In-season Kicking Schedule and Tips
This is going to be a short newsletter. You have games and school coming up. Not much time for reading newsletters. Let's get to the important information.
In-season Kicking Schedule:
- FRIDAY (game day). About 20 kicks in pregame. About 5-10 during half-time. If you don't play other positions, and your team is getting ready to kick a field goal or punt, take one or two kicks into the net on the sidelines.
- SATURDAY (day after the game). No kicking. Zero.
- SUNDAY (2 days after the game). Most likely you will be kicking on your own. Kickers only: 20-30 field goals from different spots. 5-10 kickoffs. Punters only: 30-40 full punts. Combos: 20 field goals, 20-25 punts, 5 full kickoffs.
- MONDAY (3 days after the game). Similar schedule to Sunday. But try to get most of those kicks with snapper and holder during the practice.
- TUESDAY (3 days before the next game). Little or no kicking. Kick with your team if you have to. Get few reps in pre-practice with snapper and/or holder. No solo kicking.
- WEDNESDAY (2 days before the next game). Light kicking day. Similar to Tuesday. Get kicks with snapper and holder if you can. No solo kicking or minimal solo kicking if you don't get time with snapper and holder.
- THURSDAY (day before the game). Don't kick at all. If your high school team is doing all special teams on the day before the game, take those kicks obviously. But don't waste legs on warm up kicks.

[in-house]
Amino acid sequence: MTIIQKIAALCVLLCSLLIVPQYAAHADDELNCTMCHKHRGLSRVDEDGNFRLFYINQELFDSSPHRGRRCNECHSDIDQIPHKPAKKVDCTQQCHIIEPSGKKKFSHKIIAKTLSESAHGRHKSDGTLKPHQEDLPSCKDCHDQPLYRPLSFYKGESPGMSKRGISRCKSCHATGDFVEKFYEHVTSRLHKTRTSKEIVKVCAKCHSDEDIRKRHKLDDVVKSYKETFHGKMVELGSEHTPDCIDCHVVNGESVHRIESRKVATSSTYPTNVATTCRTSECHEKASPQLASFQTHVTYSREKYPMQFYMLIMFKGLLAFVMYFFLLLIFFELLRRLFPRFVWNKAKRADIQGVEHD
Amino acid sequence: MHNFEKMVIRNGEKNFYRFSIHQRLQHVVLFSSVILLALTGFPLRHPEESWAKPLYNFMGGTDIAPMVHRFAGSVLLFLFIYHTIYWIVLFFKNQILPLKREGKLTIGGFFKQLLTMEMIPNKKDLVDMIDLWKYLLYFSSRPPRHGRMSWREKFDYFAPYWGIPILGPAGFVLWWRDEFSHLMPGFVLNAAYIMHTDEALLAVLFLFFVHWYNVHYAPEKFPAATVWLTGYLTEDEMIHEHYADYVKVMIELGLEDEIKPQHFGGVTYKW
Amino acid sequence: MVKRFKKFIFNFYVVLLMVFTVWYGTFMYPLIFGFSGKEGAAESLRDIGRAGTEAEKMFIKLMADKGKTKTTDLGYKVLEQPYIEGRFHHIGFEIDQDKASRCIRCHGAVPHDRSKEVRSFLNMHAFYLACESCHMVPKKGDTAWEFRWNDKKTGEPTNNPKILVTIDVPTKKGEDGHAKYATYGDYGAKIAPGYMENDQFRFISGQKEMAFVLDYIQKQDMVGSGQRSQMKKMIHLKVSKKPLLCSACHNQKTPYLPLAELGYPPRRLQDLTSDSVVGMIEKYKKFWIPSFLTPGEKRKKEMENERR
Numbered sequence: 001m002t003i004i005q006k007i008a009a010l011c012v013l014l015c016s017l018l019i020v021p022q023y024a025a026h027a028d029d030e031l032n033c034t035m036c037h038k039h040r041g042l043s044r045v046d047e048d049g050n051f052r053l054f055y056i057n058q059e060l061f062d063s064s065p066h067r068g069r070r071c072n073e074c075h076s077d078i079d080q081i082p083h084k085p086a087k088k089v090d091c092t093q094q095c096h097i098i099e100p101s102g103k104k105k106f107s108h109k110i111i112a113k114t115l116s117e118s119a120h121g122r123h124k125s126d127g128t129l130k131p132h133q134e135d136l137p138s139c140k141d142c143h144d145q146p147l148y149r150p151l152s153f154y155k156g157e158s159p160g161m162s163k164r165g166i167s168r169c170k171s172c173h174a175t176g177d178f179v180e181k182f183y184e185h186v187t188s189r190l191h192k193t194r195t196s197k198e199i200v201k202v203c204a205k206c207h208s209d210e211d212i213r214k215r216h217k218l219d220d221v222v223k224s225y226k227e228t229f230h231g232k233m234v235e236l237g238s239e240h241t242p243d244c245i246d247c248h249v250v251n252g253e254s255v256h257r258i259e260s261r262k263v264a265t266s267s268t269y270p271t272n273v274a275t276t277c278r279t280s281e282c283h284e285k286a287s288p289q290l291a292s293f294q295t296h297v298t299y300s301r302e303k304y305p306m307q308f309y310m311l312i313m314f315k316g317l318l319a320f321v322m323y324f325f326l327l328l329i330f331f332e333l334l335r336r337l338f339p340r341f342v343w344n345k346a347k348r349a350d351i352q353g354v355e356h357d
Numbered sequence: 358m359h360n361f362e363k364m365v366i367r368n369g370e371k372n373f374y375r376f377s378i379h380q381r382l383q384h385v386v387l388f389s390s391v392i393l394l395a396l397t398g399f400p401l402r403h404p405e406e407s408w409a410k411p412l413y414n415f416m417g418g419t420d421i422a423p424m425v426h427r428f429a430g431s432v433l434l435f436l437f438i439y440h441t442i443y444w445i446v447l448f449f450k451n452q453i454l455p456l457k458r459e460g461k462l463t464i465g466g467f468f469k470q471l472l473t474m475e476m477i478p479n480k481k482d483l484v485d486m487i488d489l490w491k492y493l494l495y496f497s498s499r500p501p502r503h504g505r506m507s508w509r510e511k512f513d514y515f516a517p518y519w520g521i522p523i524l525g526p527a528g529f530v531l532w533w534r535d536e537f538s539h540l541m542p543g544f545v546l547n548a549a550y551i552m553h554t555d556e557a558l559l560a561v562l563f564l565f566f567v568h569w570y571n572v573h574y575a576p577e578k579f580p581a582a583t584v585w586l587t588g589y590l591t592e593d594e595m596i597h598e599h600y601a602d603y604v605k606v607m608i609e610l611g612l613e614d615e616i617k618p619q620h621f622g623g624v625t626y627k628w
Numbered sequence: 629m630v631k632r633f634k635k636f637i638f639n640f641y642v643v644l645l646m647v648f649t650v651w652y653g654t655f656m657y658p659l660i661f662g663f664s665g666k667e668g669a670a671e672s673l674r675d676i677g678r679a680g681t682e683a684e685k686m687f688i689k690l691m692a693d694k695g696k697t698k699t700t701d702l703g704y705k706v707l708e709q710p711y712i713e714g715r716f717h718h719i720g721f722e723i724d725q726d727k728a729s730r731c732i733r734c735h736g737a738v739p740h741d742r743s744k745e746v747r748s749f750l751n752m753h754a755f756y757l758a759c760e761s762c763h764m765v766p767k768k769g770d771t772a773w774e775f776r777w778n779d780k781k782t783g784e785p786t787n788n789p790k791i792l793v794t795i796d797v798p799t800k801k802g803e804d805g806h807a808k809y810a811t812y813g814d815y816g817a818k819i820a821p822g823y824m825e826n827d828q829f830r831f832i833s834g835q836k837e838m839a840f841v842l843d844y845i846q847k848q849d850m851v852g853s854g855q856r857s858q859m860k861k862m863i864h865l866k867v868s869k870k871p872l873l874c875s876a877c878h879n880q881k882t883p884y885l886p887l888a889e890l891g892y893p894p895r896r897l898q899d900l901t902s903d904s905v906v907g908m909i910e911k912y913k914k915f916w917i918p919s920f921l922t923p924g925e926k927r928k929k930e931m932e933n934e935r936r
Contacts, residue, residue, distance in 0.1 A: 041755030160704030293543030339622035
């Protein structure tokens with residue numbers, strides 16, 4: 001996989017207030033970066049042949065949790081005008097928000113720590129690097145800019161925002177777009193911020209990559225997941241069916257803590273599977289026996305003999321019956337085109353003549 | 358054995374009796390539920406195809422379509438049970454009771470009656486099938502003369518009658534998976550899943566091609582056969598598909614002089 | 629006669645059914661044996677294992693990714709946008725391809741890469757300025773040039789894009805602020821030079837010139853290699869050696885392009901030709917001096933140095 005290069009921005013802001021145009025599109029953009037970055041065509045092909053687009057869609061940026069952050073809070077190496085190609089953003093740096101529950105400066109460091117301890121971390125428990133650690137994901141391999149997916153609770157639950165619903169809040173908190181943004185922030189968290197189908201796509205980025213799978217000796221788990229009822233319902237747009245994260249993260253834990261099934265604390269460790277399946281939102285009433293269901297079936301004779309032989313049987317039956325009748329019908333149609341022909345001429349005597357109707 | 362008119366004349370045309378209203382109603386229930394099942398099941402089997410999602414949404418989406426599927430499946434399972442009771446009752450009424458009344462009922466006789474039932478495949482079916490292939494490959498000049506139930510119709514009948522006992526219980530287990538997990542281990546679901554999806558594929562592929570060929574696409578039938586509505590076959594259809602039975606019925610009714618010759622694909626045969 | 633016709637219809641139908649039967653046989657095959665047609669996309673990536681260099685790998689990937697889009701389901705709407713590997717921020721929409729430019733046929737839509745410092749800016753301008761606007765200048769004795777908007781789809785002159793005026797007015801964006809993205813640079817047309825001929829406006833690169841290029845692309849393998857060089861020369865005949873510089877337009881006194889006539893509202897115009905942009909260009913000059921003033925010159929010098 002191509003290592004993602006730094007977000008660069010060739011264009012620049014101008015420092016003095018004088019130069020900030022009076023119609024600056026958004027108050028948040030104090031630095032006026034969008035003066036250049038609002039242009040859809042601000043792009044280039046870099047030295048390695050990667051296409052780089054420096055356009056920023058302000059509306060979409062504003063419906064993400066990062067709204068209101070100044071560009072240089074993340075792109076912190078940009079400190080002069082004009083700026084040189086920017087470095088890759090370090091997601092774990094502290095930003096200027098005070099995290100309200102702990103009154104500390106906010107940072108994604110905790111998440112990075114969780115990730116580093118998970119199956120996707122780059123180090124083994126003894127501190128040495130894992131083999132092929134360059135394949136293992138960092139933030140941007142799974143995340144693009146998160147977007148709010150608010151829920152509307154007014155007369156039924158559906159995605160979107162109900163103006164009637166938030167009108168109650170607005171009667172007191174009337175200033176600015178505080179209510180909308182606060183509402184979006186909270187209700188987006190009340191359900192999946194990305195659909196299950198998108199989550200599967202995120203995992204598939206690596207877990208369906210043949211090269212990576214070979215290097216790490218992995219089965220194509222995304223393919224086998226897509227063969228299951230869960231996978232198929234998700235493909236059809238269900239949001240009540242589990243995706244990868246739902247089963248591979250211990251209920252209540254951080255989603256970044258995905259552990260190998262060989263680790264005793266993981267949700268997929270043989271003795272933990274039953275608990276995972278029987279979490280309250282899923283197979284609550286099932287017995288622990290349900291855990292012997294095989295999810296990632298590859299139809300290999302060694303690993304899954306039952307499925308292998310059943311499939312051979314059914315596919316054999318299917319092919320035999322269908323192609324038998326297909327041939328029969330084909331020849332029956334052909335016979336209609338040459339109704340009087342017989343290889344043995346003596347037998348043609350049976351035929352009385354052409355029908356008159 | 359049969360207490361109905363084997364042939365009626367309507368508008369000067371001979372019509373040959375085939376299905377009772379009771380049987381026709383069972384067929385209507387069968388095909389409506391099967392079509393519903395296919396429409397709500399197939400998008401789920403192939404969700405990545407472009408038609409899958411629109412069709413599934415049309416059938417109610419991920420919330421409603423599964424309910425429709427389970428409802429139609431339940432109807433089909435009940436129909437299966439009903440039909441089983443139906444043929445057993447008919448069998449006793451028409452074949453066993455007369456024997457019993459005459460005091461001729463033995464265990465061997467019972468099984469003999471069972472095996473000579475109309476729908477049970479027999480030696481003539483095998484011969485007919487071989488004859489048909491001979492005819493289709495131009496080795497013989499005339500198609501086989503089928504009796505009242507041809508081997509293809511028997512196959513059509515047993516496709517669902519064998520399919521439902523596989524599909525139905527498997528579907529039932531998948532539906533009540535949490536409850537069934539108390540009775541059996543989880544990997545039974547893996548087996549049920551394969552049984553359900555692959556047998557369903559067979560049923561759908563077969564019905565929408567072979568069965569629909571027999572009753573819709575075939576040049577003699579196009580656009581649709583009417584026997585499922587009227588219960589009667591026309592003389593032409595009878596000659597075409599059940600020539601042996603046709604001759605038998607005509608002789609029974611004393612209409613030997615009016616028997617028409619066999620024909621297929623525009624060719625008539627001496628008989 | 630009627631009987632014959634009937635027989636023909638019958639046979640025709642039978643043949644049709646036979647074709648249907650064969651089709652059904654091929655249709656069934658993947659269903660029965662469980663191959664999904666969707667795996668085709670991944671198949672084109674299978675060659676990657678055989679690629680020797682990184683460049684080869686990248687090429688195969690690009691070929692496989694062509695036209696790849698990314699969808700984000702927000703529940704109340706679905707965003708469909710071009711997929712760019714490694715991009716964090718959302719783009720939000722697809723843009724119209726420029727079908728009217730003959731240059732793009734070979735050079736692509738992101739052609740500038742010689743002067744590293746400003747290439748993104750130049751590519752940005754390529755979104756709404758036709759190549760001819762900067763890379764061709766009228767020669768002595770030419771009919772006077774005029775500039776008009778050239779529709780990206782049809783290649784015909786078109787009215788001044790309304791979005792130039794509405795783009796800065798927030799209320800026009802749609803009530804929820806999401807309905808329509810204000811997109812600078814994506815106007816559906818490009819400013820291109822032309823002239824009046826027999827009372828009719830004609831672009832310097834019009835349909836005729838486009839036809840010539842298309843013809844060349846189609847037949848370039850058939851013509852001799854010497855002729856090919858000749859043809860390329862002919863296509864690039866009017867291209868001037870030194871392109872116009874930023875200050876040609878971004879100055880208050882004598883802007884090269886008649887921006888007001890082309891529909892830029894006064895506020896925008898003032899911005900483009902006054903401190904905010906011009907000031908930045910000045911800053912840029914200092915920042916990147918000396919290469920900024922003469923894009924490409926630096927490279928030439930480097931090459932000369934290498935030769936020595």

Random game-day and in-season kicking tips:
- You are only nervous if you think that you are nervous. Nervousness and excitement are two different interpretations of the same physiological response - faster heart rate, shallow breathing, stomach butterflies, etc. Control it by slowing down your breathing, relaxing your hands by clinching fists and opening them, and by telling yourself that you got some good adrenaline going, and that you will kick it farther than usual. Then focus on the sweet spot and kick straight.
- Don't listen to people on the sidelines too much. If your kick gets blocked, you will likely get yelled at - regardless of if it was your fault or not. You may miss a kick. You may get a bad hold or snap. Whatever happened happened. Unless you have a kicking coach on your sideline (99.9% of you do not), you are not getting any useful information other than reactions to what already happened. In other words, crap. So stick to yourself and do whatever you need to do to be ready for your next kick.
- Don't focus on statistics on game day. Focus on kicking well, and staying mentally and physically prepared for every kick, and statistics will take care of themselves. Statistics are outcome of the process that is your kicking performance. If you kick well over a long period of time your stats will be good. Focusing on statistics on game day is like focusing on getting an A on an exam right before it or while taking it. What can you do about it now? You either studied enough or you didn't. Exam grade or football statistics are just a measure of your preparedness. Don't worry about them. Take advantage of every practice and game kick, and you will do well, and your stats will show that.
Let me know when you guys do something great - kick a game winning field goal, have a long kick or punt, etc. I love getting updates, videos, etc. You can post them on the
TKC Facebook page
or email them.
Josh Brebant, our staff member from Akron, Ohio is offering reasonably priced 1 on 1 training for specialists at Copley High School in Akron, Ohio. Contact Josh directly at
(330) 310 – 2255 at at
I am personally doing individual training in Chicago if you need a tune up. You can text me at (773) 480 5425 or respond to this email for availability and booking.
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